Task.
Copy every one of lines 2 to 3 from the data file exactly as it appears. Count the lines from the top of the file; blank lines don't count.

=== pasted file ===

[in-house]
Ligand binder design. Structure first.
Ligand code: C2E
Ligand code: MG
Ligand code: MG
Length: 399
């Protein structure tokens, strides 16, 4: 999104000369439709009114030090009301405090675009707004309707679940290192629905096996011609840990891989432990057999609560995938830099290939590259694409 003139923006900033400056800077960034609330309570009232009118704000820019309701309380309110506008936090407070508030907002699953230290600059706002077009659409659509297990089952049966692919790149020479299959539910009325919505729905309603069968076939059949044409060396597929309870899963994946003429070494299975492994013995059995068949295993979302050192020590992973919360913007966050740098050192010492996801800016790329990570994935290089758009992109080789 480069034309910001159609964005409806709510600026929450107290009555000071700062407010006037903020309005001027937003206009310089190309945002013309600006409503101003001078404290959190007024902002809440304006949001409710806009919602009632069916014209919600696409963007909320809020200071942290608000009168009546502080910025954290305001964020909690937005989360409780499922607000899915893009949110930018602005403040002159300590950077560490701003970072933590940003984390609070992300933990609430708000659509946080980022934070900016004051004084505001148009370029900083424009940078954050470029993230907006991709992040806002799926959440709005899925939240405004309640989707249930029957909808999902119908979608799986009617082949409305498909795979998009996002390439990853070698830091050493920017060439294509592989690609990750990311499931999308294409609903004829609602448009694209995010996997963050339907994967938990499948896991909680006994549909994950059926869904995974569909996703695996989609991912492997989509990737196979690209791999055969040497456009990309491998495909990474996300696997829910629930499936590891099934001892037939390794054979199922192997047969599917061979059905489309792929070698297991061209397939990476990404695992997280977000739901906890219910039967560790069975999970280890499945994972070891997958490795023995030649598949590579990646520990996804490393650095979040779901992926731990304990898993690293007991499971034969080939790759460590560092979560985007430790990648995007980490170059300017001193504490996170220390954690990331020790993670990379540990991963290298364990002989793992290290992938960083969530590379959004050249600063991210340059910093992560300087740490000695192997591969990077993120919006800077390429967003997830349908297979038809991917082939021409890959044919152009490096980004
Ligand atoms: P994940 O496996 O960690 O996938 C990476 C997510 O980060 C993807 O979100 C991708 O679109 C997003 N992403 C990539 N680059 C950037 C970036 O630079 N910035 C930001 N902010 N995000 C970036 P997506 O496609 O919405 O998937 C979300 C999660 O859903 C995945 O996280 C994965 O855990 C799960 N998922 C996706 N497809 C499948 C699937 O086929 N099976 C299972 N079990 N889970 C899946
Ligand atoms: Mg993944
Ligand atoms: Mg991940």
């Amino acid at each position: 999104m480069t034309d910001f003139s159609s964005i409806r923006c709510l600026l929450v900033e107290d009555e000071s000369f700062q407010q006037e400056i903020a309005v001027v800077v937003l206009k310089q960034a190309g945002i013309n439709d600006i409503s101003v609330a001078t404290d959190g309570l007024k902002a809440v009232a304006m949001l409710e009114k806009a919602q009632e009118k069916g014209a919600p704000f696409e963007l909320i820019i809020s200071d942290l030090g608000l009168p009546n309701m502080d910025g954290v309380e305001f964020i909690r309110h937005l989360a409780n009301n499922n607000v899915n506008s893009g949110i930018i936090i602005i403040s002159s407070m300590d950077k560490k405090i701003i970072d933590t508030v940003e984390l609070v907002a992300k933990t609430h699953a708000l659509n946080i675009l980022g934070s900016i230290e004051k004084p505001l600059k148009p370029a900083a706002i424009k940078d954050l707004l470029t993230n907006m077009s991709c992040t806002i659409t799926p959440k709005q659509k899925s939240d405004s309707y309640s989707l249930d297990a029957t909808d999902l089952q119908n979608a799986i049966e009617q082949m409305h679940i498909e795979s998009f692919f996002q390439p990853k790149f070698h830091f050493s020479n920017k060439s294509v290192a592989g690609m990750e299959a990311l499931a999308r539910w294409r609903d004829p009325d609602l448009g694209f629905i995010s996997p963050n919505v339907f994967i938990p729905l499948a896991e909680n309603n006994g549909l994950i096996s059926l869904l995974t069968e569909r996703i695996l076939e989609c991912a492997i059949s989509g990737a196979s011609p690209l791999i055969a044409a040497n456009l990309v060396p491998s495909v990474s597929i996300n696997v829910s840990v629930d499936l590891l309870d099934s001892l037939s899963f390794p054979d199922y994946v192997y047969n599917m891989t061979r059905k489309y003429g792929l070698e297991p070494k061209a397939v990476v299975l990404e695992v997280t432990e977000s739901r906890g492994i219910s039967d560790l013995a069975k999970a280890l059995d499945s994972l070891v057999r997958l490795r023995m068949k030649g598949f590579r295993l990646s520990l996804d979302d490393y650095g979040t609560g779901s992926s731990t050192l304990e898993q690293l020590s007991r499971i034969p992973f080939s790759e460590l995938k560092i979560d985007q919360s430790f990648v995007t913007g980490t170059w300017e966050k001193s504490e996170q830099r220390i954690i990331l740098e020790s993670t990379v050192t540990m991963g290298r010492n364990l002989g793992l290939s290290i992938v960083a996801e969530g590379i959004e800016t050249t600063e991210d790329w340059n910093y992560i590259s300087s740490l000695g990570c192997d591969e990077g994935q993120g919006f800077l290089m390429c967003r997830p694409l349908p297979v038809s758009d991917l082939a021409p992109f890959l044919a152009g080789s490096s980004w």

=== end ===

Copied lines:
Ligand binder design. Structure first.
Ligand code: C2E